It wasn’t part of the jobs message he planned to pitch, but Speaker John BoehnerJohn Andrew BoehnerFeehery: The next Republican wave is coming Rift widens between business groups and House GOP Juan Williams: Pelosi shows her power MORE said Thursday that immigration reform would help boost the economy.
“Immigration reform will help our economy, but you’ve got to secure the border first,” the Ohio Republican said after a speech at the conservative think tank American Enterprise Institute. “We’ve got a mess and everyone knows we’ve got a mess.
“Our legal system is broken, our border isn’t secure, and we’ve got the problem of those who are here without documents,” the Speaker continued. “It needs to be fixed. We’re a nation of immigrants, the sooner we do it, the better off the country would be."
His immigration comments, in response to an audience question, weren’t part of his prepared remarks. They followed a 20-minute-speech in which BoehnerJohn Andrew BoehnerFeehery: The next Republican wave is coming Rift widens between business groups and House GOP Juan Williams: Pelosi shows her power MORE laid out his five-point plan to jump-start America’s economy.
The AEI address served as the GOP’s closing argument before the November midterm elections and came just as the House was wrapping up its final day of votes before sprinting to the campaign trail.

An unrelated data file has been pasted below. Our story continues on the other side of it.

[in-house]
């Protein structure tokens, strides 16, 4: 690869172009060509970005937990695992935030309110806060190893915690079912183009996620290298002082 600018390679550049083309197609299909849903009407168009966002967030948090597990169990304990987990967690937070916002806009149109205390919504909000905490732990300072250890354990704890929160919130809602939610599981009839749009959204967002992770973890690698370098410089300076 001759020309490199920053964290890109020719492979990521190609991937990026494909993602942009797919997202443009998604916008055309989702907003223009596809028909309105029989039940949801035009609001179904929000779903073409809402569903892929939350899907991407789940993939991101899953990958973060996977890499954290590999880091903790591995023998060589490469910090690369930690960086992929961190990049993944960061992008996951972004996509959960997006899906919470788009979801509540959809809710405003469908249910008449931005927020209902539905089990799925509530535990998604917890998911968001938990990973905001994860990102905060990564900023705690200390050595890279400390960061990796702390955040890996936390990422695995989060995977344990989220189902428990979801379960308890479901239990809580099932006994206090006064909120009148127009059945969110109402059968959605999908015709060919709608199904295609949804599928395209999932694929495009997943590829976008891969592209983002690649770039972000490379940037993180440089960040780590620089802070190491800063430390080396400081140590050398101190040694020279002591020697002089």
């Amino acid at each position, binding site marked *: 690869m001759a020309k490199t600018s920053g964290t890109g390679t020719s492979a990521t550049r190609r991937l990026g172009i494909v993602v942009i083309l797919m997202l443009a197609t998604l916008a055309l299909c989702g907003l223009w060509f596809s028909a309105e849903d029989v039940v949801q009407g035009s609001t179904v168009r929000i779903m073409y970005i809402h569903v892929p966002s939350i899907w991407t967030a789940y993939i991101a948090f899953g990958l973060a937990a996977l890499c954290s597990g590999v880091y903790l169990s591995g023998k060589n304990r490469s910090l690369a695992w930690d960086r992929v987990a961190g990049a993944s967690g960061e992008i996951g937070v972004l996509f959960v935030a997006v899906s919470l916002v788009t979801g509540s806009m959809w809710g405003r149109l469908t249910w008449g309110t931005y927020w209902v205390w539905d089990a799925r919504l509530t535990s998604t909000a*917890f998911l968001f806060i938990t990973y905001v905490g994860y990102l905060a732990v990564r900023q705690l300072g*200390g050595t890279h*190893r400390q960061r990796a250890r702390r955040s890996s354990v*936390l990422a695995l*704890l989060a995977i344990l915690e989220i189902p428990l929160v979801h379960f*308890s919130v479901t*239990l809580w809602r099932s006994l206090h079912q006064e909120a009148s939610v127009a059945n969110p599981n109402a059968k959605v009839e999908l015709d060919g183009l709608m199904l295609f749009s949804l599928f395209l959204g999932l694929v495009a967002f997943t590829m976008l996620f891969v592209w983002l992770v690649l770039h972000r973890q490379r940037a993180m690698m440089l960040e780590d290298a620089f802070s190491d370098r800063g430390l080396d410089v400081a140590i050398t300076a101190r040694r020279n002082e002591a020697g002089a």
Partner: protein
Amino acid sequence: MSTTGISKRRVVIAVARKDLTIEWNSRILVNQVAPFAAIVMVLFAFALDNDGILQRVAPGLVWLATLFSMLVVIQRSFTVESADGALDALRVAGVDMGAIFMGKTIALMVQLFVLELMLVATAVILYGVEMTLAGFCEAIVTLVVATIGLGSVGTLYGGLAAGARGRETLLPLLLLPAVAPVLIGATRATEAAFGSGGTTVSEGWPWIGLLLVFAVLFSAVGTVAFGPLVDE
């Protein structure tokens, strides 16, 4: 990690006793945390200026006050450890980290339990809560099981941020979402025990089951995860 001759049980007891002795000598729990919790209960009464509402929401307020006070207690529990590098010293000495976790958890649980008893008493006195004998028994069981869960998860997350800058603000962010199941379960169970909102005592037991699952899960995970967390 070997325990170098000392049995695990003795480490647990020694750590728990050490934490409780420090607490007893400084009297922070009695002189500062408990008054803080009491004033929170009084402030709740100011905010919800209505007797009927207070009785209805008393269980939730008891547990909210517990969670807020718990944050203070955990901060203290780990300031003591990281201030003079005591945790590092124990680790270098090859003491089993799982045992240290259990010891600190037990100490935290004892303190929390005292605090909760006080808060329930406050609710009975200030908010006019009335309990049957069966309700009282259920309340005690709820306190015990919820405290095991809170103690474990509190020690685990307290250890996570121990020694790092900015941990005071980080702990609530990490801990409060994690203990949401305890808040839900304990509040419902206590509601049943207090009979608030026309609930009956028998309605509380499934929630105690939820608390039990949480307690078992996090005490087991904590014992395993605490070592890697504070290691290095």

Boehner didn’t offer many surprises in his speech: He called for fixing the U.S. tax code, cutting spending, reforming the legal system, reining in federal regulations and boosting education.
And the Speaker said opening up more areas for oil exploration and building the Keystone XL pipeline would “really get our economy humming.”
“We do these five things in a meaningful way, along with the coming energy boom, we can reset the foundation of our economy for the next two or three generations and beyond,” Boehner said.
Boehner argued that GOP’s first priority should be tax reform. He said all the focus on so-called corporate “inversions” — where U.S. corporations buy foreign companies and move their headquarters abroad to avoid taxes — was short-sighted.
“Inversions are really just visible symptoms of a much deeper problem: our tax code is terrible. No one understands it, certainly not the IRS,” Boehner said. “So all this talk about inversions is just making the problem smaller.
“It’s fussing over a divot when the road is loaded with potholes.”
He also tried to inspire. When fall arrives, Boehner said, he’s reminded of how cities and college built memorials to honor those who perished during the world wars.
“Well, America has a tough schedule in front of it. We cannot avoid that. Nor should we try,” Boehner said during his pep talk.
“America is not merely obligated to lead. We are again called to lead,” he added. “And we are driven to serve in the same spirit in which our parents and grandparents built those living memorials — with humility and a desire to leave something that outlasts us.”
This post was updated at 3:43 p.m.